It’s been a tough week for the climate movement as Tim DeChristopher, one of our strongest and most articulate voices, was sent to prison for two years.
But amidst the crappy news about Tim, deCarbonize Colorado and other groups in Boulder gave us a bit of an uplifting story. Last year, activists organized an occupation action at the Valmont coal plant in Boulder where five were arrested. Soon after their action, the Boulder City Council voted to close the Valmont plant by 2017. That wasn’t good enough for them, so last weekend they turned out 150 folks who rode their bikes to the Valmont plant and then did a massive guerrilla gardening action on the plant’s property.
Here’s the reportback from one of the activists working to end coal in Colorado:
On Saturday, August 16 close to 150 Boulder residents took part in a creative and empowering direct action at the Valmont Coal Plant in support of energy localization and local food. After a community bike ride from downtown Boulder, folks of all ages planted sunflowers — known for their use in natural soil remediation projects — on a vacant lot at the gates of the Valmont Coal Plant. The activists were calling for the immediate shut-down of the Valmont Coal Plant, as well as urging the City of Boulder to cut its ties with Xcel Energy and to create a truly sustainable community built on local democracy, locally-generated energy and locally-produced food.
Folks gathered in downtown Boulder for a free breakfast (complete with French Toast!) provided by the local chapter of Food Not Bombs. The community bike ride, which included a large contingent of children and families, occupied major east-west thoroughfares as we made the 5 mile trek to the Valmont Coal Plant, located east of town. Small teams of bikers carefully managed traffic in the intersections to ensure the safe passage of everyone on the bike ride, as folks enjoyed chants, small talk and a beautiful summer day.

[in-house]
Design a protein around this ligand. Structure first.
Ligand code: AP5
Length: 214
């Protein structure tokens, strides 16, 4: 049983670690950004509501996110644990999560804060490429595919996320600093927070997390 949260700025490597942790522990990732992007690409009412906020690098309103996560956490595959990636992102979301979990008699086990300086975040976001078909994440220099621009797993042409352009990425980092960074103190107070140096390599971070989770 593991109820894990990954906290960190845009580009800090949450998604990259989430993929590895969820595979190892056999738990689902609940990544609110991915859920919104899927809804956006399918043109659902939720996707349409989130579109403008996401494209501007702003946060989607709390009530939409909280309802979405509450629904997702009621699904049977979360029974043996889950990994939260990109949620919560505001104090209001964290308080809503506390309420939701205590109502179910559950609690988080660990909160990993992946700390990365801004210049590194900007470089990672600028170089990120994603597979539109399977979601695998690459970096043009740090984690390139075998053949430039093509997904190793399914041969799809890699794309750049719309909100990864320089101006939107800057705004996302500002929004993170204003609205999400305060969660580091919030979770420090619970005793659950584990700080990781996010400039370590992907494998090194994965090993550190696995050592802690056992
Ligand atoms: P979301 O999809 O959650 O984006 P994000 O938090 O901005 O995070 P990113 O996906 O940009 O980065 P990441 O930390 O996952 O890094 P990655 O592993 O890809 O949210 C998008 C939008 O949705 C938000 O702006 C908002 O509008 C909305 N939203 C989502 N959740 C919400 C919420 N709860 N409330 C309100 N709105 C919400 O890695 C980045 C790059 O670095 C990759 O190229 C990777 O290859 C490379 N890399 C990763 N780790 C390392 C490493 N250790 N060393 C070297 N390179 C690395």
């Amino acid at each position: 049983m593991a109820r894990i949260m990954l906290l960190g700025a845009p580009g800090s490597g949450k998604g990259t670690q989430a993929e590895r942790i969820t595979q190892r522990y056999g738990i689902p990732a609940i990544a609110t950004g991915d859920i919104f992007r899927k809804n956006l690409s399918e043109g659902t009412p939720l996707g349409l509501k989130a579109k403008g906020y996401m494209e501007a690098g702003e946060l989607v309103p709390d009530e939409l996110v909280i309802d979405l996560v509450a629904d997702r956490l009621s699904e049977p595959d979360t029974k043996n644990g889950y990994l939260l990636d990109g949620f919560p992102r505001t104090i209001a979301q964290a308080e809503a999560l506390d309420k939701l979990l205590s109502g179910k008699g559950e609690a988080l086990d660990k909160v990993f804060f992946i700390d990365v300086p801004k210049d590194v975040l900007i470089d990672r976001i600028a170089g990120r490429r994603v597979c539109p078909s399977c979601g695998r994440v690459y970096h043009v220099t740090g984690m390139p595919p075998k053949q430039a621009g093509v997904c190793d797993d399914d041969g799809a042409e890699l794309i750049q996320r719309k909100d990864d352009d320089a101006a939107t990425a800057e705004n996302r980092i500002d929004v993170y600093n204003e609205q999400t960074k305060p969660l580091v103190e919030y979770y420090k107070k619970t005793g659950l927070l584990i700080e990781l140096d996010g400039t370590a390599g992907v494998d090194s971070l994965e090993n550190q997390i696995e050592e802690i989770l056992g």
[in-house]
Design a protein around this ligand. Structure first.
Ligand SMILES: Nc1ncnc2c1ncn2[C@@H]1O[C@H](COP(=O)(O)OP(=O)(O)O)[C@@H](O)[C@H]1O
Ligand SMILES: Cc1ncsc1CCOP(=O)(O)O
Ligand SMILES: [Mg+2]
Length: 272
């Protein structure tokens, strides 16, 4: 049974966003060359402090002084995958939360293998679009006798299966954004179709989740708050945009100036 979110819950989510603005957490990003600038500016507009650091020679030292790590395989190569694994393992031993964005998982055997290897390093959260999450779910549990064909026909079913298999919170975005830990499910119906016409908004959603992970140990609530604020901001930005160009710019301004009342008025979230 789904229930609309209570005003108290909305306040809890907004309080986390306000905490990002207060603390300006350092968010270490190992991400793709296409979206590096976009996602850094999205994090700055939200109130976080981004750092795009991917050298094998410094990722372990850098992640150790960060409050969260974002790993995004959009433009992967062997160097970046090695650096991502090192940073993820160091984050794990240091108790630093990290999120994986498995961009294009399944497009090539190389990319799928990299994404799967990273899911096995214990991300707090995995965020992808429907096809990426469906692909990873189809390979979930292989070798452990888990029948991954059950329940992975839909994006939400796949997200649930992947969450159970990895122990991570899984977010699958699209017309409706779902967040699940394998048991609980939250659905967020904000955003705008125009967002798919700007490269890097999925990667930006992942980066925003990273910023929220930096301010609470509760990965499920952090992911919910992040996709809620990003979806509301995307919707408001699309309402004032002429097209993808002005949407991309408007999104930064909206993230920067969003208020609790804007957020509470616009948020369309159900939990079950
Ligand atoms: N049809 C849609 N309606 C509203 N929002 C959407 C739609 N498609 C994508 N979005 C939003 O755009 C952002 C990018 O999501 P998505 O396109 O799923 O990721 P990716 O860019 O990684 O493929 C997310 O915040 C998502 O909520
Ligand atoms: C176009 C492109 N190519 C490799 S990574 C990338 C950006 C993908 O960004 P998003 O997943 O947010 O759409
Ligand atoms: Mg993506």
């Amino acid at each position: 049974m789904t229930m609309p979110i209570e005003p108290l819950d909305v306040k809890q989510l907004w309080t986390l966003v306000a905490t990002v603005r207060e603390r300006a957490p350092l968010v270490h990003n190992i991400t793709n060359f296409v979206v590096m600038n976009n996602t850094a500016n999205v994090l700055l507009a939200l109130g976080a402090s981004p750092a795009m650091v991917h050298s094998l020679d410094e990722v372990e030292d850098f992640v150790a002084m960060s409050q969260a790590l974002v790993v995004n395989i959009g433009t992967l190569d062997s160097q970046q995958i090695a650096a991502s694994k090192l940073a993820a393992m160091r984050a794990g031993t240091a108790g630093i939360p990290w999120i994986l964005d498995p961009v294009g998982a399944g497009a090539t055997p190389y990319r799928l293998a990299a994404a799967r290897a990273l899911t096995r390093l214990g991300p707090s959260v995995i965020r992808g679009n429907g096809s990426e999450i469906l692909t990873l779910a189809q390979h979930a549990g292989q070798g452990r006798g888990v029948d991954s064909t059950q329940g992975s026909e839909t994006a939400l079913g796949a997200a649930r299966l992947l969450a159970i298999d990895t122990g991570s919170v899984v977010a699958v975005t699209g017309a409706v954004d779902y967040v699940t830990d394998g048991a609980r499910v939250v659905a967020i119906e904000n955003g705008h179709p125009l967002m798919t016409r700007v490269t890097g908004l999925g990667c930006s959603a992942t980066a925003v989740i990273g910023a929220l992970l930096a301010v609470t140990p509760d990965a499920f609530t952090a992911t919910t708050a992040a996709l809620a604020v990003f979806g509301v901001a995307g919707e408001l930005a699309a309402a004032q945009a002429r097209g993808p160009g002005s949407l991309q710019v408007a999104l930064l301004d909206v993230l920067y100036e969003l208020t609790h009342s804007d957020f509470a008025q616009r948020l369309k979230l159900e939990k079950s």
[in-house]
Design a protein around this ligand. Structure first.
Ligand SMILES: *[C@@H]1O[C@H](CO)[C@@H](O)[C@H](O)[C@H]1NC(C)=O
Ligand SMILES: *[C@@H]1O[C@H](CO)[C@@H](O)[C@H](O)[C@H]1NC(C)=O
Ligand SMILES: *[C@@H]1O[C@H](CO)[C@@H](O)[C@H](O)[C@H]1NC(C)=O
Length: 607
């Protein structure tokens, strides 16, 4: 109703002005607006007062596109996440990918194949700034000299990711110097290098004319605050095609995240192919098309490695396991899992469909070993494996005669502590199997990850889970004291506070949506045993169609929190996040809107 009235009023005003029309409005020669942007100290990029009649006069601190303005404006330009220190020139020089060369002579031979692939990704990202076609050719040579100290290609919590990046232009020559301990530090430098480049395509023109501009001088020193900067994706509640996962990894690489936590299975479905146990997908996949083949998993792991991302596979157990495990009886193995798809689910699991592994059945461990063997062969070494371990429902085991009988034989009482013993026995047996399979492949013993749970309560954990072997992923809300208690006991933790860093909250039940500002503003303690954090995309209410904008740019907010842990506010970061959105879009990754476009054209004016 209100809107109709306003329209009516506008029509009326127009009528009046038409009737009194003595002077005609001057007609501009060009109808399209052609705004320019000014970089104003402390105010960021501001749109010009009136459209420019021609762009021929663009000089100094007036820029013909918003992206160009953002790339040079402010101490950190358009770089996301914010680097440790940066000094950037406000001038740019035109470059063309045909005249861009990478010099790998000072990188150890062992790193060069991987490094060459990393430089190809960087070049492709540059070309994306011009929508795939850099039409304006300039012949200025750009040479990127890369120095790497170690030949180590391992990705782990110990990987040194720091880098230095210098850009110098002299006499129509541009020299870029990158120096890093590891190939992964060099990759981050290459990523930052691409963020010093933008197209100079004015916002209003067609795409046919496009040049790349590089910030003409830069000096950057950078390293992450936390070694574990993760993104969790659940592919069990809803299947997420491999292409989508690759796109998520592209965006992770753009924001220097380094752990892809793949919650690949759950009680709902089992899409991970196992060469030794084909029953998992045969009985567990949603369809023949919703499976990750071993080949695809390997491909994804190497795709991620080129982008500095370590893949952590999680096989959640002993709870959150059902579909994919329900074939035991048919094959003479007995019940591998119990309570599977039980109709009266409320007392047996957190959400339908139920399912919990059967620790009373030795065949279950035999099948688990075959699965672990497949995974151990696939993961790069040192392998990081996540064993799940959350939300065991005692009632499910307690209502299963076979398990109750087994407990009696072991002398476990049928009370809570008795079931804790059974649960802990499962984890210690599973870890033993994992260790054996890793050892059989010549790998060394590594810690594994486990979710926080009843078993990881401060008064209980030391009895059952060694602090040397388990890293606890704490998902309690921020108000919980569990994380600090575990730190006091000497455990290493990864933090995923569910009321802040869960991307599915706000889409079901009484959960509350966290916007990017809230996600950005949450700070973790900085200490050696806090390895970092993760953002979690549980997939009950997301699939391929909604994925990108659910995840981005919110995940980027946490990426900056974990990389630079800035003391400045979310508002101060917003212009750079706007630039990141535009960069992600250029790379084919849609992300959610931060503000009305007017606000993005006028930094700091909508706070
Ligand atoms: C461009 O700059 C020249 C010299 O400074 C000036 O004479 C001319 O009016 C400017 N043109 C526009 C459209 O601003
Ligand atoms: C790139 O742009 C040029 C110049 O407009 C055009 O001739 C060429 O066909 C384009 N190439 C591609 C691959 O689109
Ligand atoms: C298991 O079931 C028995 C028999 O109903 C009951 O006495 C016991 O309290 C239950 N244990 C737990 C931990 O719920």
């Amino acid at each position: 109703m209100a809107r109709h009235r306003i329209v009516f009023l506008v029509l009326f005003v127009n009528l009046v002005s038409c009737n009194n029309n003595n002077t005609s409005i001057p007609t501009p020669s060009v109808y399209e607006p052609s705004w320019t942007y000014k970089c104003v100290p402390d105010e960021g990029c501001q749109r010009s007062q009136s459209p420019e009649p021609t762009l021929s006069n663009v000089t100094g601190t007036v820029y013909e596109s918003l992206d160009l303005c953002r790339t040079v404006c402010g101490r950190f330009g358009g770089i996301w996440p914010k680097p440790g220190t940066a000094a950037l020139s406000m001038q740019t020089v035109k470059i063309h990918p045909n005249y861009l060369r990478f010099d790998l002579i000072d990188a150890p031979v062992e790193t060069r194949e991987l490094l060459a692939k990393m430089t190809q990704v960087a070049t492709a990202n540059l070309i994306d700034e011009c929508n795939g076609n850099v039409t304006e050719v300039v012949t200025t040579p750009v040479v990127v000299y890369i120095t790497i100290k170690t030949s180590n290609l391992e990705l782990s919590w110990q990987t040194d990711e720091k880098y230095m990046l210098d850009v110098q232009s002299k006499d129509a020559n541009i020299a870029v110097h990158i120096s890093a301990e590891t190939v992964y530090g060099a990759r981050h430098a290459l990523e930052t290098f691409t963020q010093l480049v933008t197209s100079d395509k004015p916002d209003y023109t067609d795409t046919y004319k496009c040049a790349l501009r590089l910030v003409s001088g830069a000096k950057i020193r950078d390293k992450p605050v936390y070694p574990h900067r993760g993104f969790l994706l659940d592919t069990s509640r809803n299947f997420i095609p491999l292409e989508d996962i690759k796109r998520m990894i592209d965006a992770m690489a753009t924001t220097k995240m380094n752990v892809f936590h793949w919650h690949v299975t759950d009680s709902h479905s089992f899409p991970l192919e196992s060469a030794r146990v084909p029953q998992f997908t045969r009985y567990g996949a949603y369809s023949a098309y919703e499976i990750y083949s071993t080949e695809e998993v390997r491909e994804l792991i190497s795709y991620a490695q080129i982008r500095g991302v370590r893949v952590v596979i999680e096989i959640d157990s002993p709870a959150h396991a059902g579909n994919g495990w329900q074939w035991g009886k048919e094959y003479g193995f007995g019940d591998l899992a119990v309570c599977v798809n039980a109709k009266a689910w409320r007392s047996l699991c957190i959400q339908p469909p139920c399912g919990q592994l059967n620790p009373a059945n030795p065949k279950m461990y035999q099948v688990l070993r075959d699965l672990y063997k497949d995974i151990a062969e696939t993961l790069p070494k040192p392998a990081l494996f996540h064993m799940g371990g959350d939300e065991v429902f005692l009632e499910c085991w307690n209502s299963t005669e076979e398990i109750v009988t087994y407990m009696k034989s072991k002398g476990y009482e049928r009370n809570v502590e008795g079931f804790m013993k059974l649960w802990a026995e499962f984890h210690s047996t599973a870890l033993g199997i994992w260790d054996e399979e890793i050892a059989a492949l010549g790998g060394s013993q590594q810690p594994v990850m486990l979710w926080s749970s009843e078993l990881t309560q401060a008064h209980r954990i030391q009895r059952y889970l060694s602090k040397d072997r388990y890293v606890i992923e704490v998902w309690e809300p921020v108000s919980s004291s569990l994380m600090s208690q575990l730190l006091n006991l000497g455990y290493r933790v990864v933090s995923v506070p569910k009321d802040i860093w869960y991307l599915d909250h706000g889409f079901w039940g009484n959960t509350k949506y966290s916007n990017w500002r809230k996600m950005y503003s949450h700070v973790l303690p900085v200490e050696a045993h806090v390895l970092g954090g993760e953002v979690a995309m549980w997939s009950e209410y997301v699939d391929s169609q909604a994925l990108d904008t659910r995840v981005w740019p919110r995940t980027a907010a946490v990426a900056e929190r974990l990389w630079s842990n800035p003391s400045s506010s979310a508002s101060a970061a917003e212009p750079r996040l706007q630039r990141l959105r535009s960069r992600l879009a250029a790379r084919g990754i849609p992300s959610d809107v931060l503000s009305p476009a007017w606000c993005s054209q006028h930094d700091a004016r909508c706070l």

After roughly an hour of pedaling from downtown Boulder, we arrived at the Valmont Coal Plant in high spirits. Community members started to turn over soil to prepare the ground for planting, while others erected signs reading “Our Power Our Future Our Choice”, “Planting a Clean Future”, and “Coal Plant in Transition.” We then planted sunflowers at the gates of the coal plant, to begin the transition away from dirty fossil fuels in our community. Sunflowers are useful in the soil remediation process, as they are able to extract arsenic and other coal-plant pollutants, out of the soil. They are also an example of a natural, sustainable and community-scale solution to the problems associated with coal and other fossil fuels.
Thanks to much community involvement, Boulder is well on its way to cutting its ties with Xcel Energy, a Minnesota-based, monopoly utility company that generates 90% of its electricity from fossil fuels. A ballot measure passed by a large margin last November allowed the city to take the first steps toward creating a publicly-owned municipal utility. This November, voters will have the opportunity to establish a municipal utility. Such a change would enable democratic decision-making over the source of our electricity, dramatically expand locally-generated renewable energy and — in tandem with efforts to expand the production of local food — help create a thriving and sustainable local community.
Solidarity to Tim DeChristopher and all our Rocky Mountain comrades from Utah to Montana.